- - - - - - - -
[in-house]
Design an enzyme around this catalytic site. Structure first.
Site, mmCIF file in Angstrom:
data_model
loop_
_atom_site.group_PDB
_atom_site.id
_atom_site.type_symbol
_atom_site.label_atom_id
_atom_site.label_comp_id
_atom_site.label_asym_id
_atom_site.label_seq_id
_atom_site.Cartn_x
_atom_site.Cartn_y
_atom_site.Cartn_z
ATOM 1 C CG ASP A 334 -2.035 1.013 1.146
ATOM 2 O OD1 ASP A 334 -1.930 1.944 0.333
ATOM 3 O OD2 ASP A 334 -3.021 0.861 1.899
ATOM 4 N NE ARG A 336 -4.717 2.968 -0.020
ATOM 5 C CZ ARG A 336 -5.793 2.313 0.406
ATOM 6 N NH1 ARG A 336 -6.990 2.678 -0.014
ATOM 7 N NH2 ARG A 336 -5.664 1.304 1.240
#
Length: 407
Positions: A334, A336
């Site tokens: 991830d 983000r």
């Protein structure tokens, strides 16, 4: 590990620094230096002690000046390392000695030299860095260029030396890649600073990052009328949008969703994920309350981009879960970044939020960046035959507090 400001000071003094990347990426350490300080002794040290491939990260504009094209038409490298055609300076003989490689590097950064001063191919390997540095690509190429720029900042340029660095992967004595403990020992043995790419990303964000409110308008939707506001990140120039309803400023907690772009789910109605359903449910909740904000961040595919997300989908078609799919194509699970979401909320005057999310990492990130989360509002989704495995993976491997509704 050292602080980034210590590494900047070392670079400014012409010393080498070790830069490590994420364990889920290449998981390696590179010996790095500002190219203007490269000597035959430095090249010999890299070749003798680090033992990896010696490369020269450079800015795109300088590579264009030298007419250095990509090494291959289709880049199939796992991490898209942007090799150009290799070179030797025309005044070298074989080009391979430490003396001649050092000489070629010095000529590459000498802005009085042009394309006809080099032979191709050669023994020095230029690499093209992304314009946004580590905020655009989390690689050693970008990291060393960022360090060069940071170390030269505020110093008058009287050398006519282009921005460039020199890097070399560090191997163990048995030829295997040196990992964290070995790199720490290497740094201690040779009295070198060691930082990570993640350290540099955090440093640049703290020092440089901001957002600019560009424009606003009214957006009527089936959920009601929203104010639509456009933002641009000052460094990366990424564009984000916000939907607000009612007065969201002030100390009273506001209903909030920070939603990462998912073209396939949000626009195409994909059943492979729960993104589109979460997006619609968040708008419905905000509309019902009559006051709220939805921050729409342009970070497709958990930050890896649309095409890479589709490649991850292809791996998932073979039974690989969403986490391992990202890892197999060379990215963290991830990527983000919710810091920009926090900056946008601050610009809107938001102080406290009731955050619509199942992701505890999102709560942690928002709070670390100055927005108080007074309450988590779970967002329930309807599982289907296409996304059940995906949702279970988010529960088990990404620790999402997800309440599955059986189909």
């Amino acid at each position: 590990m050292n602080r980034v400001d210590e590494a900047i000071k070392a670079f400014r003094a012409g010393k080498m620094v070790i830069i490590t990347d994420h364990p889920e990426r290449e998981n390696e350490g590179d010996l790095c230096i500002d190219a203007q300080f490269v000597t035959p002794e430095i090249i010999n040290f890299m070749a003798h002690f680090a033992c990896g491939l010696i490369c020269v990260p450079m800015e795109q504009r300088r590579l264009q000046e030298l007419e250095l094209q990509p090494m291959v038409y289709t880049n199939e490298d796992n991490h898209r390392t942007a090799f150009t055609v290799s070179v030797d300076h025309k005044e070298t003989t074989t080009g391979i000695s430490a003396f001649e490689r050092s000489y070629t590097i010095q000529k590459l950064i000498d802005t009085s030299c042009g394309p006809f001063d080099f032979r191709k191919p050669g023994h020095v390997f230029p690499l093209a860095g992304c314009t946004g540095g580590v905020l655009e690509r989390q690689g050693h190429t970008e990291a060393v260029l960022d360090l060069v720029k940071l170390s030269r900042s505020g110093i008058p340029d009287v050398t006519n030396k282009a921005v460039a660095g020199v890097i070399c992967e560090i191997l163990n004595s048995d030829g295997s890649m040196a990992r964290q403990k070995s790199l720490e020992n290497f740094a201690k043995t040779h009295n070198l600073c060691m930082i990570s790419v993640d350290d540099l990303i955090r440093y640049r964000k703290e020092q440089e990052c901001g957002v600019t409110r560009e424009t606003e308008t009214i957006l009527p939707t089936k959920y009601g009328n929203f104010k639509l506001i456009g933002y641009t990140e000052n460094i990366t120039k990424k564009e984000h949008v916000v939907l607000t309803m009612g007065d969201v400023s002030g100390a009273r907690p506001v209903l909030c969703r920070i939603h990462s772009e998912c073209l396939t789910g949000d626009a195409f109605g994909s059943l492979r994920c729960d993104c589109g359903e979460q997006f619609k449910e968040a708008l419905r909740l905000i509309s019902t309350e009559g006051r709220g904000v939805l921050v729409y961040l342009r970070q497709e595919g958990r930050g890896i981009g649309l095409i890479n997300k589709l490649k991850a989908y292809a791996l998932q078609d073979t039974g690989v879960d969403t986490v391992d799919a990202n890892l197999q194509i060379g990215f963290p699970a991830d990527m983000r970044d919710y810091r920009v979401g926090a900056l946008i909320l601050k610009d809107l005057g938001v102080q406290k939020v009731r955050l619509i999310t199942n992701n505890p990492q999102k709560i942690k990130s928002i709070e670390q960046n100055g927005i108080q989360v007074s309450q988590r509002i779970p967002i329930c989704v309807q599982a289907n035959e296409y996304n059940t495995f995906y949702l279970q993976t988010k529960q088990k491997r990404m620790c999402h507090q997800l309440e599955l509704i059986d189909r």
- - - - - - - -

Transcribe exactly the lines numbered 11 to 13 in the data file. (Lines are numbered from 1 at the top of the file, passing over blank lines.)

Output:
_atom_site.label_asym_id
_atom_site.label_seq_id
_atom_site.Cartn_x